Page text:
Winter usually means the end of the growing season, shorter daylight hours, and possibly bitter cold temperatures.
That means your livestock will need to be handled very differently. The preparation leading up to winter will determine how well your livestock come through the winter months.
Following are some tips to prepare your livestock and homestead for the cold months ahead.
First, make sure your animals are in the best condition possible going into the winter months. Nothing takes more of a toll on livestock than to enter into the winter in poor condition.
Fall is a time to rid your stock of internal and external parasites. That will help them gain and maintain their weight during a time when temperatures are lower and fresh green growth is not available. In cold climates, an enormous amount of calories are used simply to maintain body heat.
The next area to look at is your shelter arrangements for the winter. The three winter rules are:
- Keep them dry.
- Keep them free of drafts and wind.
- Provide housing large enough to accommodate all the stock.
Not providing enough space for your stock can mean injuries from crowding or more submissive animals being forced out in the cold.
Don’t confuse “free of drafts and wind” with ventilation. Any building structure needs to have adequate ventilation to keep air quality acceptable for the animals and avoid moisture problems.
Check buildings for loose or missing roofing, and repair any leaks. Keeping animals dry will go a long way toward keeping them healthy and comfortable.
The best way to cut down on wind chill is to make certain barn openings are on the downwind side of the structure. Know your prevailing winds, and position openings to be the least affected by the wind.
A common mistake is not providing enough bedding material for animals in the winter. It makes no sense to spare bedding while simultaneously feeding more feeds to keep the stock warm and maintain condition. If they are young and growing, it’s even more important.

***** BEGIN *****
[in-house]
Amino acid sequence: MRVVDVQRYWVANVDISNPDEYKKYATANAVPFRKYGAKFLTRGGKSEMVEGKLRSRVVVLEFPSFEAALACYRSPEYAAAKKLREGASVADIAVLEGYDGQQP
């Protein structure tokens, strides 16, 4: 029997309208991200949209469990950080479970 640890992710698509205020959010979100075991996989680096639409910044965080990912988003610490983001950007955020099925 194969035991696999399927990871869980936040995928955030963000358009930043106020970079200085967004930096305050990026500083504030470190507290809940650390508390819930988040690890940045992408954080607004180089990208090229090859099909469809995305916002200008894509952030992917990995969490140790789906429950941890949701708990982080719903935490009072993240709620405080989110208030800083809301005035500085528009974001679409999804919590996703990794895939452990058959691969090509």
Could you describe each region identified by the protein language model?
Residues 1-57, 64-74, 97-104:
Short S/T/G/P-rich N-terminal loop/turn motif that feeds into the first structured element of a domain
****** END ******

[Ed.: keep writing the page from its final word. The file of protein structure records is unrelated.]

An easy way to provide solar heat to your livestock housing is by adding some clear panels to the roof. If you have metal roofing, this is accomplished by removing the screws holding on the metal and replacing it with clear sheets of roofing material. This will add extra light and heat during the day that your stock will enjoy.
The time to check water systems is before the temperatures drop below freezing. Make sure everything is in proper working order and insulate or add heat tape where needed.
Livestock need access to clean water at all times. If they are rushing to get a drink when you break the ice on your water troughs, it’s a sure sign that they aren’t getting enough to drink. Water is the body’s temperature regulation system. Dehydrated stock have a hard time maintaining body heat.
Cold or wet animals eat more feed, have lower immunity, and lose condition during winter months. This can be avoided by making certain they have dry, draft-free housing with plenty of room and bedding for everyone.
Winter can be a trying time for livestock, but following these guidelines will help with creature comfort, and you’ll sleep better at night as the cold winter wind blows outside knowing your livestock are dry and warm.
What advice would you add on keeping livestock warm during the winter? Share your advice in the section below: